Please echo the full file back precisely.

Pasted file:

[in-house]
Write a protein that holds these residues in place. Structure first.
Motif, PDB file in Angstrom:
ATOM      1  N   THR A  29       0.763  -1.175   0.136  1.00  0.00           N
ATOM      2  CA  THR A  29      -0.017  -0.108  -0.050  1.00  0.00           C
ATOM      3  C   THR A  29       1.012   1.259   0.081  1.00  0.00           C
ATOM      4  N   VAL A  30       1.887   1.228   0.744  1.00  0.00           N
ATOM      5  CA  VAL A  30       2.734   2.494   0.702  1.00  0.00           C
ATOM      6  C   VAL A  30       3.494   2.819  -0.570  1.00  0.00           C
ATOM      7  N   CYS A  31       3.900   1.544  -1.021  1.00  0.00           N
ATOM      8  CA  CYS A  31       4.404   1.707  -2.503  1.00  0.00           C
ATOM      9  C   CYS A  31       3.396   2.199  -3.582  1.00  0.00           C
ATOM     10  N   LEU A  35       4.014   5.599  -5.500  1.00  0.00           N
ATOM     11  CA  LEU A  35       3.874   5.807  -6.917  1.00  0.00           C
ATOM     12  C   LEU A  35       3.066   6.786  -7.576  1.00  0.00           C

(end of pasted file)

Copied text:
[in-house]
Write a protein that holds these residues in place. Structure first.
Motif, PDB file in Angstrom:
ATOM      1  N   THR A  29       0.763  -1.175   0.136  1.00  0.00           N
ATOM      2  CA  THR A  29      -0.017  -0.108  -0.050  1.00  0.00           C
ATOM      3  C   THR A  29       1.012   1.259   0.081  1.00  0.00           C
ATOM      4  N   VAL A  30       1.887   1.228   0.744  1.00  0.00           N
ATOM      5  CA  VAL A  30       2.734   2.494   0.702  1.00  0.00           C
ATOM      6  C   VAL A  30       3.494   2.819  -0.570  1.00  0.00           C
ATOM      7  N   CYS A  31       3.900   1.544  -1.021  1.00  0.00           N
ATOM      8  CA  CYS A  31       4.404   1.707  -2.503  1.00  0.00           C
ATOM      9  C   CYS A  31       3.396   2.199  -3.582  1.00  0.00           C
ATOM     10  N   LEU A  35       4.014   5.599  -5.500  1.00  0.00           N
ATOM     11  CA  LEU A  35       3.874   5.807  -6.917  1.00  0.00           C
ATOM     12  C   LEU A  35       3.066   6.786  -7.576  1.00  0.00           C